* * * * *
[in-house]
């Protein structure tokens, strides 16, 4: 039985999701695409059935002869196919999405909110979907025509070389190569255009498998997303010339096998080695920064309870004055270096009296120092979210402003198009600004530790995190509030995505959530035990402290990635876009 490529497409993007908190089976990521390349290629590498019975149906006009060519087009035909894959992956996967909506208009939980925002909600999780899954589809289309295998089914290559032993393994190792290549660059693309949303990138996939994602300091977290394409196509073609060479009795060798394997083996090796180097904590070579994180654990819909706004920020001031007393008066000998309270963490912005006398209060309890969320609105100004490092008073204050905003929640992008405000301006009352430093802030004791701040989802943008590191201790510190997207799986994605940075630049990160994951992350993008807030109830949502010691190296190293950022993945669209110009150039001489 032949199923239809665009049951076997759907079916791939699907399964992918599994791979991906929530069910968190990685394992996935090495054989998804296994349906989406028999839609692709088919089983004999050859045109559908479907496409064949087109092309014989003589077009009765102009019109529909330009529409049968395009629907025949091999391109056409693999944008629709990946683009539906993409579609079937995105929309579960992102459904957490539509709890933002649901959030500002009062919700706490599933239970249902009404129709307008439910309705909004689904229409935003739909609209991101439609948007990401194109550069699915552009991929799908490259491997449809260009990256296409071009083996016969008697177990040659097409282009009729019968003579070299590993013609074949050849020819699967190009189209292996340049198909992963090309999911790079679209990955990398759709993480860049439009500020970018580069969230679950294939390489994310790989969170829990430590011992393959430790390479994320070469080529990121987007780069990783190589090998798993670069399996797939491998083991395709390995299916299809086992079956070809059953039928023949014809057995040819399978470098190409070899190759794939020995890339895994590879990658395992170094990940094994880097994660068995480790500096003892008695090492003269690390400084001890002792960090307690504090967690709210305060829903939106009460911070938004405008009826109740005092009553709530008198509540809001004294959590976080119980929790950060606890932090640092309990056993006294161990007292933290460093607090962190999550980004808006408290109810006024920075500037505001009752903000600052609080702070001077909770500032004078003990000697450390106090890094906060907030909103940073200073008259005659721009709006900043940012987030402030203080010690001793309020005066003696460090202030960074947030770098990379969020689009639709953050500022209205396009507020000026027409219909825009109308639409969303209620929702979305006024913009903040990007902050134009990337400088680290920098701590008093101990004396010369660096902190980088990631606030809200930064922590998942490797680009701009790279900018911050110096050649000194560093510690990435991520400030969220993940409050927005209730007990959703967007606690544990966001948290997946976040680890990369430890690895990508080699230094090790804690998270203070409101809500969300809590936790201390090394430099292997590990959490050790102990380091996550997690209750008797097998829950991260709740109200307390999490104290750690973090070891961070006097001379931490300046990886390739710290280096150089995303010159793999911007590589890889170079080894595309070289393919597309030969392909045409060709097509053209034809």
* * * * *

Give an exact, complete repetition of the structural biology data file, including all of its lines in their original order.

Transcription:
[in-house]
């Protein structure tokens, strides 16, 4: 039985999701695409059935002869196919999405909110979907025509070389190569255009498998997303010339096998080695920064309870004055270096009296120092979210402003198009600004530790995190509030995505959530035990402290990635876009 490529497409993007908190089976990521390349290629590498019975149906006009060519087009035909894959992956996967909506208009939980925002909600999780899954589809289309295998089914290559032993393994190792290549660059693309949303990138996939994602300091977290394409196509073609060479009795060798394997083996090796180097904590070579994180654990819909706004920020001031007393008066000998309270963490912005006398209060309890969320609105100004490092008073204050905003929640992008405000301006009352430093802030004791701040989802943008590191201790510190997207799986994605940075630049990160994951992350993008807030109830949502010691190296190293950022993945669209110009150039001489 032949199923239809665009049951076997759907079916791939699907399964992918599994791979991906929530069910968190990685394992996935090495054989998804296994349906989406028999839609692709088919089983004999050859045109559908479907496409064949087109092309014989003589077009009765102009019109529909330009529409049968395009629907025949091999391109056409693999944008629709990946683009539906993409579609079937995105929309579960992102459904957490539509709890933002649901959030500002009062919700706490599933239970249902009404129709307008439910309705909004689904229409935003739909609209991101439609948007990401194109550069699915552009991929799908490259491997449809260009990256296409071009083996016969008697177990040659097409282009009729019968003579070299590993013609074949050849020819699967190009189209292996340049198909992963090309999911790079679209990955990398759709993480860049439009500020970018580069969230679950294939390489994310790989969170829990430590011992393959430790390479994320070469080529990121987007780069990783190589090998798993670069399996797939491998083991395709390995299916299809086992079956070809059953039928023949014809057995040819399978470098190409070899190759794939020995890339895994590879990658395992170094990940094994880097994660068995480790500096003892008695090492003269690390400084001890002792960090307690504090967690709210305060829903939106009460911070938004405008009826109740005092009553709530008198509540809001004294959590976080119980929790950060606890932090640092309990056993006294161990007292933290460093607090962190999550980004808006408290109810006024920075500037505001009752903000600052609080702070001077909770500032004078003990000697450390106090890094906060907030909103940073200073008259005659721009709006900043940012987030402030203080010690001793309020005066003696460090202030960074947030770098990379969020689009639709953050500022209205396009507020000026027409219909825009109308639409969303209620929702979305006024913009903040990007902050134009990337400088680290920098701590008093101990004396010369660096902190980088990631606030809200930064922590998942490797680009701009790279900018911050110096050649000194560093510690990435991520400030969220993940409050927005209730007990959703967007606690544990966001948290997946976040680890990369430890690895990508080699230094090790804690998270203070409101809500969300809590936790201390090394430099292997590990959490050790102990380091996550997690209750008797097998829950991260709740109200307390999490104290750690973090070891961070006097001379931490300046990886390739710290280096150089995303010159793999911007590589890889170079080894595309070289393919597309030969392909045409060709097509053209034809």